Our View: Lowering tensions requires a conscious choice

Our View: Lowering tensions requires a conscious choice

(File photo)

Our country is at a precarious point. In recent weeks, we have seen black Americans killed by police, and police officers ambushed in the aftermath, all against the backdrop of political conventions and an extraordinarily nasty presidential campaign. Tensions are high and clashes frequent.

In times like these, to paraphrase Eldridge Cleaver, individuals can choose to either be part of the problem or part of the solution.

This adage was illustrated this week several times over in Alexandria. An example of being part of the problem took place Monday evening at Noodles & Company on Duke Street, when an Alexandria police officer was denied service by a line cook. The officer was reportedly upset by the incident.

Discrimination of any kind against any individual on the basis of race, religion, sexual orientation — or occupation — is simply unacceptable in America, and in Alexandria.

We can’t go inside the mind of the Noodles employee to understand their rationale. But their action only poured fuel on what’s already a fire of racial tension and gun violence. Hateful expressions like this need to stop because they only make matters worse.

And yet many in our city are trying to heal wounds and diffuse tension. Just the day before the incident at Noodles, an ecumenical group of clergy held a prayer vigil at the scene of two recent city homicides. This gathering, an offshoot of the clergy council established earlier this year by Mayor Allison Silberberg, gathered in near 100-degree heat to pray for peace and unity.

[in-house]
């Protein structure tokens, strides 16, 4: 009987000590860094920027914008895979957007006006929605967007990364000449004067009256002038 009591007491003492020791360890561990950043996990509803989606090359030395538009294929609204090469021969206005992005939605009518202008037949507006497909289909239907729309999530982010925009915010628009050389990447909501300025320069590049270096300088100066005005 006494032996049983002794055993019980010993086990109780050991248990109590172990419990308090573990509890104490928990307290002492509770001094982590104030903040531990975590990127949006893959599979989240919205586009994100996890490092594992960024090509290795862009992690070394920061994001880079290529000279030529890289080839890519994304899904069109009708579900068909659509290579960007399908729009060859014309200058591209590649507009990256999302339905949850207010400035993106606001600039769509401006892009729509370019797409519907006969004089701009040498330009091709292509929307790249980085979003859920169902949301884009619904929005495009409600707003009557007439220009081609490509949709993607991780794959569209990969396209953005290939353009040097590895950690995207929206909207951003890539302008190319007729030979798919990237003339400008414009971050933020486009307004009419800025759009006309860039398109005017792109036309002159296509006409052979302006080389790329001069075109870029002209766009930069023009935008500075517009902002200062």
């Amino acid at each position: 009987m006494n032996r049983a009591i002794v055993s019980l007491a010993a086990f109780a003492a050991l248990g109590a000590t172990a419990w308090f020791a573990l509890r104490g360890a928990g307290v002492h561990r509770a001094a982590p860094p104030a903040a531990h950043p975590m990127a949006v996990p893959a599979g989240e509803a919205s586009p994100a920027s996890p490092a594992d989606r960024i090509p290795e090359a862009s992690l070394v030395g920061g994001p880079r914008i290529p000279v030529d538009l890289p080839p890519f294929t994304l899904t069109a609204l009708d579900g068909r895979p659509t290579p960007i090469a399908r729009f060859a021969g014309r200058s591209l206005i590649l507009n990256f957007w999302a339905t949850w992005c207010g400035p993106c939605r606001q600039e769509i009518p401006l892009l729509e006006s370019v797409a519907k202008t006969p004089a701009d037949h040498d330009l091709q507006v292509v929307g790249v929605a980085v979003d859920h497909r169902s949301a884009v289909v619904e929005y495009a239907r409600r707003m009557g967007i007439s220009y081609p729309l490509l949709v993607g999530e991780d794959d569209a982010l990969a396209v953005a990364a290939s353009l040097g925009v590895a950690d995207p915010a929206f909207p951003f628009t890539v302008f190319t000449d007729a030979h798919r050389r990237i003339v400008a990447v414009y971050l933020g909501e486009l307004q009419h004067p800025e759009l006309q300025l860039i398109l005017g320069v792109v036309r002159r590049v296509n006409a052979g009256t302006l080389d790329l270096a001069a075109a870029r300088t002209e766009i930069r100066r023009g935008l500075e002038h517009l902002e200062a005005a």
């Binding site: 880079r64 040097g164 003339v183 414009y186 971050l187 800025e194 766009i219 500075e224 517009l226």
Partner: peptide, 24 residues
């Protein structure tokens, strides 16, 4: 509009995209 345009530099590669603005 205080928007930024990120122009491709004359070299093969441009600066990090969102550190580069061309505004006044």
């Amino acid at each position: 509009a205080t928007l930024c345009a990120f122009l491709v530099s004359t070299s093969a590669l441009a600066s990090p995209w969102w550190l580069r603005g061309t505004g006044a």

Our city needs its faith community to play a leading role in healing, and this was a helpful and positive public gesture.

Additionally, another local restaurant, Atlantis in Bradlee Shopping Center, has a sign in its window offering free meals this week to first responders — police officers, fire fighters and emergency medical technicians. This gesture is symbolic of the long-standing good relationship between police and the public in Alexandria.

While not perfect, our police are generally responsive to city residents. They make an effort at being visible members of the community. Police Chief Earl Cook, who is set to retire this fall, has done a good job of interacting with the community and holding public meetings in neighborhoods affected by crime. The chief personally intervened after the Noodles incident involving one of his officers.

As Cook nears his retirement and our city searches for his replacement, it’s imperative that his shoes be filled by someone who shares his commitment to community engagement and responsiveness.

And it’s time for all of us — police, clergy, restaurant employees and regular residents alike — to make a conscious choice to be part of the solution. A polarizing incident happens in a second, but reconciliation requires long-term commitment and an open dialogue.